The Fermi Paradox and fear of the Great Filter

What is the Fermi Paradox?

Sometimes it’s easy to forget how massive the universe is. I don’t mean purely in terms of the distances involved (although this seven-mile scale model of the solar system in the Black Rock Desert demonstrates that point quite well), but in terms of the scale. There are around 100-400 billion stars in our galaxy and around the same number of galaxies in the universe, meaning we’re possibly looking at upwards of 1,000,000,000,000,000,000,000 stars. Try and imagine every grain of sand on Earth. Done it? Right, well there’s more than 100 stars out there for every one of those grains.

Of course, not all of those will be similar to our sun, but even if you go with scientists’ conservative estimates, you’re looking at around 500 quintillion (that’s a five with 20 zeroes) suns that are a bit like ours. Some of these will have planets orbiting them, and some of these will be in their own “Goldilocks zone” – the sweet spot where it’s warm enough for liquid water not to freeze, but cold enough for it not to evaporate.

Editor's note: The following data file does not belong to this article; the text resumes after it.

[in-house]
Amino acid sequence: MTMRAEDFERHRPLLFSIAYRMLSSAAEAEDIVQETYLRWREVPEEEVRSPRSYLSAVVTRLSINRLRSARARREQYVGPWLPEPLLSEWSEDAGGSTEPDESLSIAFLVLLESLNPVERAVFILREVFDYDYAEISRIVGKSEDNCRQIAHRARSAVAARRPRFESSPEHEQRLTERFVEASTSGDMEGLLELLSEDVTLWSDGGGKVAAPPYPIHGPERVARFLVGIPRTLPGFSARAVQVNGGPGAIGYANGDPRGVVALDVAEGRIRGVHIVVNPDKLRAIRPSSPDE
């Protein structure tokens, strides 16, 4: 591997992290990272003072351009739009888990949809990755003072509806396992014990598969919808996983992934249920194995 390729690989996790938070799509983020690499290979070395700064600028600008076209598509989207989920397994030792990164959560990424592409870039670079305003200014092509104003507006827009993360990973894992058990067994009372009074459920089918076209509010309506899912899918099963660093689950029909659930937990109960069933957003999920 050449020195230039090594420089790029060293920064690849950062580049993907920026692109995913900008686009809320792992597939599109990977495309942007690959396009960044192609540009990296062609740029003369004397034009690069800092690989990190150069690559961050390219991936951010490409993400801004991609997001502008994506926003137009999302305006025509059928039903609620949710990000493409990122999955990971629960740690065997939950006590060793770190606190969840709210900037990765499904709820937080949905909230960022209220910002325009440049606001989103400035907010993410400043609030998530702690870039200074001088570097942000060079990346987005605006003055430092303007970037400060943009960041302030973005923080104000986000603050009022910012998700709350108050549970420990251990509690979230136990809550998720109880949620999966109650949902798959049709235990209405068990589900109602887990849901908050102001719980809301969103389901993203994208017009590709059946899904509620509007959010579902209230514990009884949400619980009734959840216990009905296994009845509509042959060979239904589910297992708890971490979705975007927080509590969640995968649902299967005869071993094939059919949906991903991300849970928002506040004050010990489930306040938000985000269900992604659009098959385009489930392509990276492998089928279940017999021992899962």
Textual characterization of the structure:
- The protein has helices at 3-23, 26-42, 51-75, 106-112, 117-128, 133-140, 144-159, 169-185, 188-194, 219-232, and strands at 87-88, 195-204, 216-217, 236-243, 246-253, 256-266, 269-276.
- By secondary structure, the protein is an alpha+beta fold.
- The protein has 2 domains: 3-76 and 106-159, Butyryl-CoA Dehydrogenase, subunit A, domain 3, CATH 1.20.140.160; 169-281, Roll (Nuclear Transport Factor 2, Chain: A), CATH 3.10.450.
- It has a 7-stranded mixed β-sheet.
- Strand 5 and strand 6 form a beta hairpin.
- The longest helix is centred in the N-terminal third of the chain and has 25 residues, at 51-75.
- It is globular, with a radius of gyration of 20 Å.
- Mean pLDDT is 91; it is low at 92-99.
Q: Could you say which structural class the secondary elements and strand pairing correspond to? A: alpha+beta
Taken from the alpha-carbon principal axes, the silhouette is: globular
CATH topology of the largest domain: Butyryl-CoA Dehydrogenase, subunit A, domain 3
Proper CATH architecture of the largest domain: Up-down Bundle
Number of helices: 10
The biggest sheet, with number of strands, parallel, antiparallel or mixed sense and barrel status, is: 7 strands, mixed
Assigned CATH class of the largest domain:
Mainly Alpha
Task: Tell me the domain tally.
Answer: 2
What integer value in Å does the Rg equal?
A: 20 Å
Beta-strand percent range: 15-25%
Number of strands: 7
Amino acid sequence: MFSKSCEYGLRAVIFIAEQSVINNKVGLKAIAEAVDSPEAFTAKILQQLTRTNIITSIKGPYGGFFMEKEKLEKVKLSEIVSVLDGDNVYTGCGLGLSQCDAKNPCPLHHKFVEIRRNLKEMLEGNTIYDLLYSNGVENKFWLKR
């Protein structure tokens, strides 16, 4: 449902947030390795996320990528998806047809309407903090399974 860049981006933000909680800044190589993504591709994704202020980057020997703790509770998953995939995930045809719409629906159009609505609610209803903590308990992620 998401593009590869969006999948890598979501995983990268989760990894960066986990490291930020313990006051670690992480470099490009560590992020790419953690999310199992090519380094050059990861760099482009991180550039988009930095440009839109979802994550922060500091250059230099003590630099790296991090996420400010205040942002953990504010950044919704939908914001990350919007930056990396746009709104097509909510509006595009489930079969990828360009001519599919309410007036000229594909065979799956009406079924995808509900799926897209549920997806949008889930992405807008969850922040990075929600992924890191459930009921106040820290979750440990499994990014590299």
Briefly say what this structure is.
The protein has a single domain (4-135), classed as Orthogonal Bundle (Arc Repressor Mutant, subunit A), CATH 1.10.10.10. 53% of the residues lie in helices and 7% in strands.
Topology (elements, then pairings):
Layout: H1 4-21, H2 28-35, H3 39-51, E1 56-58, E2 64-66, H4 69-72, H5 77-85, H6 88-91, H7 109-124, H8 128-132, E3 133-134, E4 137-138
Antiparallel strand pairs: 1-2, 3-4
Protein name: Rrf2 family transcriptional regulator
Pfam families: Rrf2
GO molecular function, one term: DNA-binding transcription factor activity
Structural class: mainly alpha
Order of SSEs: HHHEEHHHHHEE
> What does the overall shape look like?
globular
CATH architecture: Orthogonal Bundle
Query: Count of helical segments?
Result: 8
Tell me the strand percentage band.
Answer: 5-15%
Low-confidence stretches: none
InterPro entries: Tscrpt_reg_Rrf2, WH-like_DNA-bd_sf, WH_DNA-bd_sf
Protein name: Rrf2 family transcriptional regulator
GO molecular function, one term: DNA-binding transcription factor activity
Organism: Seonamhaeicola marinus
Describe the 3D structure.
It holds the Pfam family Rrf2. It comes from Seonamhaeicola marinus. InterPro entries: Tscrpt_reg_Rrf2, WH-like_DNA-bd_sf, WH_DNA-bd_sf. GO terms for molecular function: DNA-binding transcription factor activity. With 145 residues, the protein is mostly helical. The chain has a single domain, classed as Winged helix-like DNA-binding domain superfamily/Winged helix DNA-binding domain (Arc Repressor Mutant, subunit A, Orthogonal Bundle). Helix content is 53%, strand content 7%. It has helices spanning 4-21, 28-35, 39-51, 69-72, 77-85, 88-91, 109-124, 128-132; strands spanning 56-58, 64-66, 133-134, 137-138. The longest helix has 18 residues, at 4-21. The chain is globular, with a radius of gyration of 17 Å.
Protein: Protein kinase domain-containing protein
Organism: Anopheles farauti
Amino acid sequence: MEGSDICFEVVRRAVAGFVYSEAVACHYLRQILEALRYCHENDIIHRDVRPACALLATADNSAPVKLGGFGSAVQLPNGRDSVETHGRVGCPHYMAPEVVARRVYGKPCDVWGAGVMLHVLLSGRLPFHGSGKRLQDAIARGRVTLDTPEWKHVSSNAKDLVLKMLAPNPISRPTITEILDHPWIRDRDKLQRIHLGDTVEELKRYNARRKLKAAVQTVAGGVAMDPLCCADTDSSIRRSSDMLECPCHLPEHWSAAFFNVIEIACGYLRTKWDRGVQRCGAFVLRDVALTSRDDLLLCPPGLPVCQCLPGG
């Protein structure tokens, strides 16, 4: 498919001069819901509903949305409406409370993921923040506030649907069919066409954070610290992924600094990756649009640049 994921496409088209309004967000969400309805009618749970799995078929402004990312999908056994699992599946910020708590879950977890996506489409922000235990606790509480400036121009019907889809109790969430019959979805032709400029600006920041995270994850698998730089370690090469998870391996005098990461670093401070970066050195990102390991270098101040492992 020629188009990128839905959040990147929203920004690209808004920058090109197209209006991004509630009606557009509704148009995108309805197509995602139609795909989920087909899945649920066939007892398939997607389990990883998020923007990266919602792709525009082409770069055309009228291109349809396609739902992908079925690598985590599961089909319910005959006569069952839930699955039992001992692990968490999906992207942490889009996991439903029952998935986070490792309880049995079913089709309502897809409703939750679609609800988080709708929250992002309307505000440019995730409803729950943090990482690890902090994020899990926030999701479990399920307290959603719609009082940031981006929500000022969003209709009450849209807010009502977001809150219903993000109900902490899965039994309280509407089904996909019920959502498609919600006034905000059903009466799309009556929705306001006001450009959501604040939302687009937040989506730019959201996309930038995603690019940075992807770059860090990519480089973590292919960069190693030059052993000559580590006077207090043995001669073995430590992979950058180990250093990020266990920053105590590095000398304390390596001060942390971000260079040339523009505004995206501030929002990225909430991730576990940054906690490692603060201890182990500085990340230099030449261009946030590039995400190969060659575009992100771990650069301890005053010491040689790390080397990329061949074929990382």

Naturally, this is speculation because most of these we can’t even see (even what we know about Kepler 452-b is inferred through its shadow), but it could be as high as 50% of these. Halve that, and call it 25%, and you still come up with 125 quintillion Earth-like planets. Hell, call it 1.5%, and there’s still enough Earth-like planets for every human on Earth to adopt one billion Earth 2.0s each, with around 400 billion spares.what_is_the_fermi_paradox

These planets are of different ages, and not all of them would have the perfect blend of herbs and spices that has resulted in intelligent life to evolve, but if even 0.1% of them did, that would be around 7,500,000,000,000,000 planets with intelligent life.

Which leads to the puzzling question that physicist Enrico Fermi is said to have asked: where is everybody?

There are a bunch of possible solutions to the Fermi Paradox, but no definitive answer. In broad terms, they come in three flavours:

  1. There is no life out there (or isn’t anymore)

  2. There is life out there and they haven’t made contact

  3. There is life out there and they have made contact. We just didn’t notice

For each of the theories, there are plenty of subsets – some creepier than others. Strap in.

Images: Tom Hall, Alexander Kaufhold, JD Hancock, Damien Phillips, Moyan Brenn, Maxwell Hamilton and Chris Moore used under Creative Commons

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